Functional genomics, systems biology and genetic medicine
The increasing availability of genomic and allied data for many organisms is revolutionising the way that biological and medical research is carried out. Functional genomics aims to define gene function, often making use of the vast amount of information now available through high-throughput experimental methods for mapping and sequencing genomes and approaches for characterising genes' function, their organisation and expression under different conditions. This field has benefitted from the development of 'omic' approaches, including transcriptomics, proteomics and metabolomics, for the parallel analysis of biological intermediates. Together these functional genomic techniques contribute to the growing field of systems biology. These techniques are also being increasingly applied to understanding disease in human populations as part of genetic medicine.
The functional genomic tools of transcriptomics, proteomics and metabolomics have the potential to provide a way for understanding biological processes at a systems level. In addition, these techniques also provide the raw data for mathematical modelling approaches. Underpinning all aspects of this revolution is a computational infrastructure that embraces computer science, automation and statistics. Researchers draw on the high performance (HPC) and grid (CamGrid) computing resources in the University. In addition there is a lively scientific computing community in the form of SciCompCam. There are links to almost all other themes, as the new technology is applied to a wide range of research.
The Cambridge Systems Biology Centre was created to bring together experience in high-throughput 'omics, computational biology and mathematical modelling. It houses the FlyChip microarray facility, the Cambridge Centre for Proteomics and other research groups. Many other microarray and genotyping facilities are housed elsewhere. Methylation assays, comparative genomic hybridization and SNP analyses are amongst the techniqes exploited. We expect microarrays to be replaced with the latest high throughput sequencing technologies for looking at areas such as gene expression and DNA and chromatin modifications. Proteomics uses difference gel electrophoresis, differential stable isotope labelling, multidimensional chromatographic fractionation and protein identification using mass spectrometry and a range of other methods. Metabolites may contain a wide range of chemical groups, and have a huge range of concentrations within the cell. Currently no one technique can provide a complete snapshot of metabolism in anything but the simplest cases. Approaches used include high field NMR spectroscopy including hyperpolarized carbon-13, gas chromatography mass spectrometry, liquid chromatography mass spectrometry and capillary electrophoresis. Ongoing studies in this area include understanding gene function in yeast, modifying plant metabolism to produce biofuels more efficiently, quorum sensing in bacteria and understanding the multifactorial effects of complex diseases such as type II diabetes and obesity.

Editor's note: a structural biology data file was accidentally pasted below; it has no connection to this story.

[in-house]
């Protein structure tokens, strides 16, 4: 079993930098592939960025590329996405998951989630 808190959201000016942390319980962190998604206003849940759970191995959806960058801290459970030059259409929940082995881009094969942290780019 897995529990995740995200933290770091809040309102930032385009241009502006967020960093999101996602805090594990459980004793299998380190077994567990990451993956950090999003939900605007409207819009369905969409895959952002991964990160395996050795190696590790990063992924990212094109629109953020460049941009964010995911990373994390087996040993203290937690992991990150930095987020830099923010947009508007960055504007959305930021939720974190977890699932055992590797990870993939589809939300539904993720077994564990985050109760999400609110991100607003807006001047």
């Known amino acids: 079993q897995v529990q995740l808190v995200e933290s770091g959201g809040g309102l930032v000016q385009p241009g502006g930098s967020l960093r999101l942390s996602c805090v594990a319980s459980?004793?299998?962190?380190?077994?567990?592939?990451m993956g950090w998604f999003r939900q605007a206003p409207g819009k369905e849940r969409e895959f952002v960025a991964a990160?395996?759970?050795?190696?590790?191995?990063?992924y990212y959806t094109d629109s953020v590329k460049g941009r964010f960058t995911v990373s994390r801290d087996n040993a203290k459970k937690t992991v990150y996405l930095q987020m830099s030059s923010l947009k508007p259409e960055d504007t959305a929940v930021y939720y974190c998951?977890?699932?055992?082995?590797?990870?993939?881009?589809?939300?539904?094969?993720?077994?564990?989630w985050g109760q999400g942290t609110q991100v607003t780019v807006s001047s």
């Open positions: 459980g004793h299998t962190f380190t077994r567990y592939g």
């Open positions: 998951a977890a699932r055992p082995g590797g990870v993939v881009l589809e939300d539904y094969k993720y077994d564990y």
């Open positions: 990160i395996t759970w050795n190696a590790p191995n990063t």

Increased integration between experimental science and theoretical biology is also being achieved through the Cambridge Computational Biology Institute (CCBI). A key goal is to develop the interactions between researchers in the physical, mathematical and computing sciences with biologists and medical researchers to ensure world class data analysis and experimental design as well as providing theoretical researchers with access to validated high quality data sets. Bioinformatics research covers all aspects of computational genomics including sequence analysis, database development, data analysis, computational structural biology and theoretical modelling. There is a long-standing bioinformatics service providing core databases and software together with specialised training.
Genetic medicine is the subject of study in several departments and institutes. There are close interactions between the University and NHS departments, with many investigators holding clinical positions as well as being active researchers. There is a broad range of projects involving functional biology of genetic disease, as well as the applications of genetics to diagnostic and therapeutic approaches to disease. Population genetic studies, linked to the epidemiology and public health theme, feed into genetic medicine both in terms of hypothesis generation and testing. Major areas of research include autoimmune disease, diabetes, obesity, cancer, renal and musculoskeletal diseases, and neurodegeneration.